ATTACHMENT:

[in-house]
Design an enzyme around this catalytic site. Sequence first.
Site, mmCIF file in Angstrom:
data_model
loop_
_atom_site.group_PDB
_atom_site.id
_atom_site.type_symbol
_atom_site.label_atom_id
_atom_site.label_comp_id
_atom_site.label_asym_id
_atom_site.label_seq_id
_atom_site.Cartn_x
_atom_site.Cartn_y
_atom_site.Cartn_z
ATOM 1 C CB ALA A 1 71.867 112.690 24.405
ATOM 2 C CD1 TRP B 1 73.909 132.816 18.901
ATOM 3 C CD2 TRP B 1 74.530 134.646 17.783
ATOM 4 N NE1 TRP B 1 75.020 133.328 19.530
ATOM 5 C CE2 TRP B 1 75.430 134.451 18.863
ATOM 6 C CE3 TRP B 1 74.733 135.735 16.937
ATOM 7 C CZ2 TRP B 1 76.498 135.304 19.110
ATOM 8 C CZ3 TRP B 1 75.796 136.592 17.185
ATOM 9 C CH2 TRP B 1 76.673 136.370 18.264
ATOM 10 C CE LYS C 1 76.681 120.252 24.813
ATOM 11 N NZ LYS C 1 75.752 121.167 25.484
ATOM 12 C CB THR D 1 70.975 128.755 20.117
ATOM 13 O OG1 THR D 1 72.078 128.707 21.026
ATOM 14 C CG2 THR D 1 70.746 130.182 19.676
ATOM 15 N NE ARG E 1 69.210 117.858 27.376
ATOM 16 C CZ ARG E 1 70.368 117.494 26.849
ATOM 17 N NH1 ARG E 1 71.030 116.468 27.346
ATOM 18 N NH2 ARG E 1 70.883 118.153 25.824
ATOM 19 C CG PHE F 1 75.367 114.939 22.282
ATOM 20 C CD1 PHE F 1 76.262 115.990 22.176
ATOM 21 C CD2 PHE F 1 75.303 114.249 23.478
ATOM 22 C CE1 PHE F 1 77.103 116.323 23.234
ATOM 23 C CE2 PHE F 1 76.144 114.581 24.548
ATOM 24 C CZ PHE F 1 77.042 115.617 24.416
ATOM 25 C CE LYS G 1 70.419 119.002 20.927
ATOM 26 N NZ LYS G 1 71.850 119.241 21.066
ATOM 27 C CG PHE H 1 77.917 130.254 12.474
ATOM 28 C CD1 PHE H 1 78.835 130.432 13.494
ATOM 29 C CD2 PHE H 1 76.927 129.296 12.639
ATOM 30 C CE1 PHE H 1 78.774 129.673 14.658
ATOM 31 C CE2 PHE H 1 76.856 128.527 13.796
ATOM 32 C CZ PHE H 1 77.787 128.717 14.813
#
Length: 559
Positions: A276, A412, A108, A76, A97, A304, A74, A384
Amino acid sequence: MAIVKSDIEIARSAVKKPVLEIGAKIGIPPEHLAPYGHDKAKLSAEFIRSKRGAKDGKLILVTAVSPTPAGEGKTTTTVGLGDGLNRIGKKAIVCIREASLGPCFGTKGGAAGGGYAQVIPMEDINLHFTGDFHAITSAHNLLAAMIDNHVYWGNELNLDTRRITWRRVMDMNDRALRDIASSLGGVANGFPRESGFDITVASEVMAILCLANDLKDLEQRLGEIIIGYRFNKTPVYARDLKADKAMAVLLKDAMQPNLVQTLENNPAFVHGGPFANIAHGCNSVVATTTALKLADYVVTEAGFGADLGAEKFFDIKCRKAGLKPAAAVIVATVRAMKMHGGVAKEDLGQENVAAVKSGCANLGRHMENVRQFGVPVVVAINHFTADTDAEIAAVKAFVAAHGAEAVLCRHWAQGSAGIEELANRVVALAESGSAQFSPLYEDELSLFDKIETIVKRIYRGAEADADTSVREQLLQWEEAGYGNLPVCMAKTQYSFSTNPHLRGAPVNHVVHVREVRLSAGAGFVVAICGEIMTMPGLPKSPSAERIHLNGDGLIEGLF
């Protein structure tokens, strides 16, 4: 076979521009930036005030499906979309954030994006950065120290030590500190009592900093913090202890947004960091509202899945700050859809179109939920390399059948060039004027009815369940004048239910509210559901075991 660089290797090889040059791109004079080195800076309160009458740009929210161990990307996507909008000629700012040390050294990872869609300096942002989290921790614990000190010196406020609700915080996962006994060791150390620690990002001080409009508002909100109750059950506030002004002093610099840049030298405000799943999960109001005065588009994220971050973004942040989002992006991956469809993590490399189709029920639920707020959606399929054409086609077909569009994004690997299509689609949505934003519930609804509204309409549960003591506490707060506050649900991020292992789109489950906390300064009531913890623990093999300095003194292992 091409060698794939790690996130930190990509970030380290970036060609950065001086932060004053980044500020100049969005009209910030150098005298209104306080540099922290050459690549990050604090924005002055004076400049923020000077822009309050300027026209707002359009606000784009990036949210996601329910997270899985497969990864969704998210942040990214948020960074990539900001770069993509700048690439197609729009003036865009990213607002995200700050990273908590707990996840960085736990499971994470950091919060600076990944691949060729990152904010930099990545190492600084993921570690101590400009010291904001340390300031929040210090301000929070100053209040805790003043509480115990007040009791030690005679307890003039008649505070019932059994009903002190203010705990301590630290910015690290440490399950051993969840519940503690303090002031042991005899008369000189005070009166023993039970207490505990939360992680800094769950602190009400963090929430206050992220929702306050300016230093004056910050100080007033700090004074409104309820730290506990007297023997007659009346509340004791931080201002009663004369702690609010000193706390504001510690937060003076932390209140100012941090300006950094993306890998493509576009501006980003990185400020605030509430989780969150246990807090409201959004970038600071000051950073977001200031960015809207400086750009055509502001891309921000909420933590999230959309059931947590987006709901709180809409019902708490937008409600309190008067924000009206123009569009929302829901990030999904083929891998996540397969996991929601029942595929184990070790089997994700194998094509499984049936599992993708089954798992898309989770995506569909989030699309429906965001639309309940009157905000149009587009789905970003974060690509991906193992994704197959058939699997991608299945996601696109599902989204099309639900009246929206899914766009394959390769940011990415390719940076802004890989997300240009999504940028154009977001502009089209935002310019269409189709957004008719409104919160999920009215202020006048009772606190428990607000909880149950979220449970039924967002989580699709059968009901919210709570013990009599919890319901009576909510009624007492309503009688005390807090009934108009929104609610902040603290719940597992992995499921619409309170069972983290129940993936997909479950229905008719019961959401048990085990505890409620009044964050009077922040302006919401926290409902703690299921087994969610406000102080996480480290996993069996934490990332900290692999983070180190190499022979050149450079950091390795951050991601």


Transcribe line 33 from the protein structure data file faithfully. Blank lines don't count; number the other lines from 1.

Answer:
ATOM 18 N NH2 ARG E 1 70.883 118.153 25.824